But nobody so much as noticed this central theme [madness and breakdown], because the book was instantly belittled, by friendly reviewers as well as by hostile ones, as being about the sex war, or was claimed by women as a useful weapon in the sex war.
I don’t see this. If there was a sex war in London in the late 1950s, Anna Wulf and her friends were mostly losing it. Perhaps if I had read The Golden Notebook when it was first published I would have experienced it differently. After all, my own consciousness was different then. Now, I see the very title of the novella, Free Women, as ironic. They are not free, but constantly seeking sex or love — I’m not sure which and neither are they — and seeing themselves through the eyes of men.
I think what struck the reviewers in 1962 was that Lessing recognized the conflict (war?) inherent in the social relations between men and women. She picks up very acutely on tensions and how they are negotiated:
She spoke with confidence; but now that the men did not reply–and she felt their tolerance of her, she grew uneasy and appealed: ‘I’m not saying it right, but you see what I mean…’ Because she had appealed, the men were restored, and Willi said benevolently: ‘Of course you say it right. Anyone as beautiful as you can’t say it wrong.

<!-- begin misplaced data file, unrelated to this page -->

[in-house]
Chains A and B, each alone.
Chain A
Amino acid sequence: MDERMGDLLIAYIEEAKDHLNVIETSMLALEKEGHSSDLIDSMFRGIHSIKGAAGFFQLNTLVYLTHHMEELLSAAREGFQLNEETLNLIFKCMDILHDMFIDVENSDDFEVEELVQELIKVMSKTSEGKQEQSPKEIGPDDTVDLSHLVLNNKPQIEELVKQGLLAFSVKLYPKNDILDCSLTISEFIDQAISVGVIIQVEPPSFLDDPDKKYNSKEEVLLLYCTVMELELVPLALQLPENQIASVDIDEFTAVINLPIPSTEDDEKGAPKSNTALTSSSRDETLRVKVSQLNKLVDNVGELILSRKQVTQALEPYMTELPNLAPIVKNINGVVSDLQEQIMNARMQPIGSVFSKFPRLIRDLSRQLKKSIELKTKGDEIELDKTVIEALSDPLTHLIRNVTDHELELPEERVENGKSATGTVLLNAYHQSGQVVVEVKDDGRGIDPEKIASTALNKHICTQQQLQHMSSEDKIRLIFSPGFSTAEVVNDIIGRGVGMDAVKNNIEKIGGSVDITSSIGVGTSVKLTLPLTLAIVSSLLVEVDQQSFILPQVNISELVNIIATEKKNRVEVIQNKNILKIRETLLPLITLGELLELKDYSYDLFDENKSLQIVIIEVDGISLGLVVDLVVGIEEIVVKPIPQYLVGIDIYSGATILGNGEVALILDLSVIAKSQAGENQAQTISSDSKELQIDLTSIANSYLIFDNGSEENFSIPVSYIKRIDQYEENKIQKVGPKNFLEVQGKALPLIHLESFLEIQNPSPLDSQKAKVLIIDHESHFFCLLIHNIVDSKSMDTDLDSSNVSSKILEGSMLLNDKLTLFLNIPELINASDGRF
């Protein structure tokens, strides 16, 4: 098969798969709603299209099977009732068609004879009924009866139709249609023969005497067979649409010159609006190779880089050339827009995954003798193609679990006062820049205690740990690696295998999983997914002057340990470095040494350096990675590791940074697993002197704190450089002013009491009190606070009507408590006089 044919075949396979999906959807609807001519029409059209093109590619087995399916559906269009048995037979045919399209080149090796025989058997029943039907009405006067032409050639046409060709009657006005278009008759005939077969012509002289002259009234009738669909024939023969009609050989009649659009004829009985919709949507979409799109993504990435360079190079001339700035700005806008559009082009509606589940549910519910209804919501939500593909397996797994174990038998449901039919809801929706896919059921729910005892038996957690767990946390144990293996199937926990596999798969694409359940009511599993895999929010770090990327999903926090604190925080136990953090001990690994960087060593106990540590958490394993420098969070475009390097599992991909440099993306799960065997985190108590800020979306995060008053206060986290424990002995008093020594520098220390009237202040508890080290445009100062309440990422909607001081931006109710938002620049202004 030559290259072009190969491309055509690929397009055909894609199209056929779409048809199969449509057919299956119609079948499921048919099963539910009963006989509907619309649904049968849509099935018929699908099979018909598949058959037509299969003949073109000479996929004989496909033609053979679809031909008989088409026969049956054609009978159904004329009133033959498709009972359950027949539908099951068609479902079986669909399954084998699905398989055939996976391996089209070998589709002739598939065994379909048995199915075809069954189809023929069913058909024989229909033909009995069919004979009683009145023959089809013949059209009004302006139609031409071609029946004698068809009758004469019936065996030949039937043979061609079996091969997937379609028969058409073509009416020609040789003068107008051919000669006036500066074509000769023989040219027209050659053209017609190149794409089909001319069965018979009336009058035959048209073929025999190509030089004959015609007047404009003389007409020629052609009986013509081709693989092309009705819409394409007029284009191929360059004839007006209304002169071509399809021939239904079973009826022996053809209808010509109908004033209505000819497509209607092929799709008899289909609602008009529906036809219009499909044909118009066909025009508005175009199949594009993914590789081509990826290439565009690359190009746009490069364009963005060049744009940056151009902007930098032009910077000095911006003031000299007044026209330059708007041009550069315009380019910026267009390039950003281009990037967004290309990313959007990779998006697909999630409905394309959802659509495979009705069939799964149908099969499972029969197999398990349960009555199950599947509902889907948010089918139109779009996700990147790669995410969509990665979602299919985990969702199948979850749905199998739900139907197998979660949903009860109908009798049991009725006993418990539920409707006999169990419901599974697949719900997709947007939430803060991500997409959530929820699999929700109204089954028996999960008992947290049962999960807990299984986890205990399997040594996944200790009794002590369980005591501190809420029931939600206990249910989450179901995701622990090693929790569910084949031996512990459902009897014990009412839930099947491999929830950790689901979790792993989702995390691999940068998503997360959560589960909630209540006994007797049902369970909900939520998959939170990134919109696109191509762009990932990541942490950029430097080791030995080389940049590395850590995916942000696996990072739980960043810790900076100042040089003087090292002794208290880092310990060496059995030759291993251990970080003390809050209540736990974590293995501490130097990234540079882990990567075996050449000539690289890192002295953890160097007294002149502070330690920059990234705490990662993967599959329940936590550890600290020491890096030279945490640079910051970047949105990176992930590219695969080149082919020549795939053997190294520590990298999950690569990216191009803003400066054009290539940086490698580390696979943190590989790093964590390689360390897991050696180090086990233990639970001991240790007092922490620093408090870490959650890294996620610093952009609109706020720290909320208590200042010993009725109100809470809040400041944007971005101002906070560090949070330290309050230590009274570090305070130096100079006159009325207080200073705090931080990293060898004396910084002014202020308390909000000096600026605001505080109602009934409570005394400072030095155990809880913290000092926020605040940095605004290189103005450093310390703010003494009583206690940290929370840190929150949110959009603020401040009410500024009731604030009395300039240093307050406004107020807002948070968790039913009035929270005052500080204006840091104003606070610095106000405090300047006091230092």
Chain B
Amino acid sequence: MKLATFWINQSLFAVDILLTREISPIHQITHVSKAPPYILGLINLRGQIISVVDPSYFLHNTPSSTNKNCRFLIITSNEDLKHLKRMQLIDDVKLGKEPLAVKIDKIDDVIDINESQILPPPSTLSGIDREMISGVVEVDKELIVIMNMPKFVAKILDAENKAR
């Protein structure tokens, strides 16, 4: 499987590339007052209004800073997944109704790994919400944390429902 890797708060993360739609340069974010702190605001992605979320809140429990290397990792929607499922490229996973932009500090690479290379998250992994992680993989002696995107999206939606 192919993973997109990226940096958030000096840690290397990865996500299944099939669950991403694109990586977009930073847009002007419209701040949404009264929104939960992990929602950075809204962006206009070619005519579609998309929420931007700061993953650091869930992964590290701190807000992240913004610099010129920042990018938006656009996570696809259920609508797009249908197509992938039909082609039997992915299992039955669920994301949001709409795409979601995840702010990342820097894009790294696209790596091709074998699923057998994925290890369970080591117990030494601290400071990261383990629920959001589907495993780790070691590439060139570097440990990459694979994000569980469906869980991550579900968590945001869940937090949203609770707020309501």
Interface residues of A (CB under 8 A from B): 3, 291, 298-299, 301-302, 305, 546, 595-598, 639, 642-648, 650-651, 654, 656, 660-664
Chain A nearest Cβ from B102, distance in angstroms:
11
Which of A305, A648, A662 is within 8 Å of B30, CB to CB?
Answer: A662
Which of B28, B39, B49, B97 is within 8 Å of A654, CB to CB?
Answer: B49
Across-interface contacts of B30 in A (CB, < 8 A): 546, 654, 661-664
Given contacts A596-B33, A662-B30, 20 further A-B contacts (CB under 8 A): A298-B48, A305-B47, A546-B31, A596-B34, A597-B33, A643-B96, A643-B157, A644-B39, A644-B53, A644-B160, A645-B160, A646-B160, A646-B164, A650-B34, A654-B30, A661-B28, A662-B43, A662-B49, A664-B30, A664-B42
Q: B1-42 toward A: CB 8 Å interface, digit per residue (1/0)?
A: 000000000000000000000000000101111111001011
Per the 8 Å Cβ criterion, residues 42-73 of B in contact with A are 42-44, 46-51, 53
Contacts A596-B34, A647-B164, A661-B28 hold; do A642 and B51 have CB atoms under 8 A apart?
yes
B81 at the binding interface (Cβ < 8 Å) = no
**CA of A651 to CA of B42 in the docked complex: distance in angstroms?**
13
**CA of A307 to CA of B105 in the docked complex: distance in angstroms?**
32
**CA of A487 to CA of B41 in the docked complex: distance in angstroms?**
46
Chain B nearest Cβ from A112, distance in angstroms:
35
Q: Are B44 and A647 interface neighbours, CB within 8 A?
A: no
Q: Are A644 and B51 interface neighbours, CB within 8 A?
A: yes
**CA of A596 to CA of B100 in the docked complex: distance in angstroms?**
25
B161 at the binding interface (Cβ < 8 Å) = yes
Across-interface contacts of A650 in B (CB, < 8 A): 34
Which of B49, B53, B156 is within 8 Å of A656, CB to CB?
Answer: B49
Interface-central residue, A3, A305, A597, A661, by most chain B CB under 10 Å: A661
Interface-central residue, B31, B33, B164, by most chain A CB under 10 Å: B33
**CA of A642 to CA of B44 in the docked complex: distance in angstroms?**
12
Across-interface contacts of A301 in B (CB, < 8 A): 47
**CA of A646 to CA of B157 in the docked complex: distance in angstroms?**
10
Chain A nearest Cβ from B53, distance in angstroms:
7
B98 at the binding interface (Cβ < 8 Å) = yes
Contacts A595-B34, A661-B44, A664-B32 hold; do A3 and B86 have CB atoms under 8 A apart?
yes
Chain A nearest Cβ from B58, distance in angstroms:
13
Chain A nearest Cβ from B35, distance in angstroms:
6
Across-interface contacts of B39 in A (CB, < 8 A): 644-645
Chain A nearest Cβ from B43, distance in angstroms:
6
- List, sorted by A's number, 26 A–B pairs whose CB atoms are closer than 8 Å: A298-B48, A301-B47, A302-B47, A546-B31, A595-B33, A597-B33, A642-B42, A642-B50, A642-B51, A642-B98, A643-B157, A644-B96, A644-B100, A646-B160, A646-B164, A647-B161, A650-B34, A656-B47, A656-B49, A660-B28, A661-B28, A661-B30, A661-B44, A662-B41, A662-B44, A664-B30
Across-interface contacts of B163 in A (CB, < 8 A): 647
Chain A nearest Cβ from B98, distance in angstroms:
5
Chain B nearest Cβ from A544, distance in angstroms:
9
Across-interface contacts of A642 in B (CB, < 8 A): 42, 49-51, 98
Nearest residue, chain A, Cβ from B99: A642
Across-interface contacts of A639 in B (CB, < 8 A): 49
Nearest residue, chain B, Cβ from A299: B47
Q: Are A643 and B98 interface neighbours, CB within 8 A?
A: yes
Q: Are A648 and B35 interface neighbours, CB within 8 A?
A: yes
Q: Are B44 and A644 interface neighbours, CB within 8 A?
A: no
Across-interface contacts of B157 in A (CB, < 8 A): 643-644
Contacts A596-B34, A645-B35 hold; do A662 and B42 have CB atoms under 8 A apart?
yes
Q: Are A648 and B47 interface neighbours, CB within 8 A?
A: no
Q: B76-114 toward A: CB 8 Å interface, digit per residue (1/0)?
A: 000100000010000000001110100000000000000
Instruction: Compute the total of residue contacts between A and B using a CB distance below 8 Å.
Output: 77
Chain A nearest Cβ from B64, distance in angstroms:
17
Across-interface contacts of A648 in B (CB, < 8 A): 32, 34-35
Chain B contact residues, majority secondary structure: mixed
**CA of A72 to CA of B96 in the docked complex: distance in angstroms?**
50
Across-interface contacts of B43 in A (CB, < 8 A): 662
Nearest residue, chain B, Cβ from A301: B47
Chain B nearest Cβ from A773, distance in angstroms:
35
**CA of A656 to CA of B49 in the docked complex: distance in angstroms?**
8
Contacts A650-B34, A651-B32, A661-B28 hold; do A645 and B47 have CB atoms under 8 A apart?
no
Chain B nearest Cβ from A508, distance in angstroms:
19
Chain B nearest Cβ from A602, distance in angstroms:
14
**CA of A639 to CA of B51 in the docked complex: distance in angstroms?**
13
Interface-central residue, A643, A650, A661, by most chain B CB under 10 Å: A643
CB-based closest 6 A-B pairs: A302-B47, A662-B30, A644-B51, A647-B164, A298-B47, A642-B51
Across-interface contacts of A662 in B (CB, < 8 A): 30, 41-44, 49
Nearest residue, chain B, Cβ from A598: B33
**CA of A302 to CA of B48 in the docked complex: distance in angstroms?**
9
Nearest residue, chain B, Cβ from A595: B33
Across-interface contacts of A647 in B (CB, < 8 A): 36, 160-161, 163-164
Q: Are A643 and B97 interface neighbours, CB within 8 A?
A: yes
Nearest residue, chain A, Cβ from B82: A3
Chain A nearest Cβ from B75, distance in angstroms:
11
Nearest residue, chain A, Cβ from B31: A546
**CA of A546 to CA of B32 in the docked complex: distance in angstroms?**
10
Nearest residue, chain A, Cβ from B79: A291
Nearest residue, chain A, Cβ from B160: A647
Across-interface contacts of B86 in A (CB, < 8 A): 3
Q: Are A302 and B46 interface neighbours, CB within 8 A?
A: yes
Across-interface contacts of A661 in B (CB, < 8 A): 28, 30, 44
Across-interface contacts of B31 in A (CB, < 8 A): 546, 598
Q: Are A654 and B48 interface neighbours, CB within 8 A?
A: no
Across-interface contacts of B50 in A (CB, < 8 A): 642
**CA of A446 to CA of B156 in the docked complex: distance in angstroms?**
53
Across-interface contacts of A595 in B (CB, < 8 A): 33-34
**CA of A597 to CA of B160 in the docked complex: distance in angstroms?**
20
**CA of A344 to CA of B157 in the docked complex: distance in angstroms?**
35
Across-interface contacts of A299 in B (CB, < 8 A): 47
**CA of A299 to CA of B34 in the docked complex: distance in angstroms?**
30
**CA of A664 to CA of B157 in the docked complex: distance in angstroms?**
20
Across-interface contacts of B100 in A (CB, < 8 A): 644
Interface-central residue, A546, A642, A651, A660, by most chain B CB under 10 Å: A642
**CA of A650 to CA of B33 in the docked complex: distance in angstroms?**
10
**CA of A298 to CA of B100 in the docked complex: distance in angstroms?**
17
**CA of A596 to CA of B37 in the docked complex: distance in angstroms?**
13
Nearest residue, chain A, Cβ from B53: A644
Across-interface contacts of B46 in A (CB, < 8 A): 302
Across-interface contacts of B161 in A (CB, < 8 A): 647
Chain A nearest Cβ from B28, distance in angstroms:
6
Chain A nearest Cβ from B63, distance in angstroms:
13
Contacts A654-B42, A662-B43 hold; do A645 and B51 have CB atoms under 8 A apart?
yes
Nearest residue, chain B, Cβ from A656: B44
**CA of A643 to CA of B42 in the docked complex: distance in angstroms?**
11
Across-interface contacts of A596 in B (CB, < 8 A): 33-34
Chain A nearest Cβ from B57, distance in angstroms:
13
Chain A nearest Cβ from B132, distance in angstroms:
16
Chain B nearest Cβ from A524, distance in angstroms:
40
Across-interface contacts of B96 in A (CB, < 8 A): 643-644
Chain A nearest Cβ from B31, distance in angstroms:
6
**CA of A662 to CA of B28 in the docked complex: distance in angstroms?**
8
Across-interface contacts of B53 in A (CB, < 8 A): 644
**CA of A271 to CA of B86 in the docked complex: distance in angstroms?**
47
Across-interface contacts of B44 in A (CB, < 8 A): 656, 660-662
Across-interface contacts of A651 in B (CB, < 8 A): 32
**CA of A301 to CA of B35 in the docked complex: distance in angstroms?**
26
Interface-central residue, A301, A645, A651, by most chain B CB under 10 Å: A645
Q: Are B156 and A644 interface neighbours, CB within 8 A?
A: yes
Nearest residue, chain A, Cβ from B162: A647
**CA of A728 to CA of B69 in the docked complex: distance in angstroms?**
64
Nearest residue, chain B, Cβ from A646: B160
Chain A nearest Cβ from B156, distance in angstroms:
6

There, there, little girl. You did your best! Anna continues to be perplexed how to handle her relationship with men:
What is terrible is that when every one of the phases of my life is finished, I am left with no more than some banal commonplace that everyone knows: in this case, that women’s emotions are all still fitted for a kind of society that no longer exists. My deep emotions, my real ones, are to do with my relationship with a man. One man…. I am always coming to the conclusion that my real emotions are foolish, I am always having, as it were, to cancel myself out.
The theme of the reality of emotions is certainly as important in The Golden Notebook as that of madness and breakdown. Again and again, Anna tries to define herself as a “real woman” and to appraise each lover as a “real man.” It gets tiresome.
In the final sections of the book, as Anna and her American lover descend together into madness, Lessing seems to be seeking a unity that lies outside of the gender conflicts. Anna feels she can be one with Saul and think his thoughts. At the same time, she debases herself, seeking his approval and trying to earn his occasional warmth. It is not entirely believable.
So is a “free woman” necessarily so conflicted, condemning her own emotions and edging toward madness? Not in my experience, thank God, but it is Anna Wulf’s experience as she struggles to become free.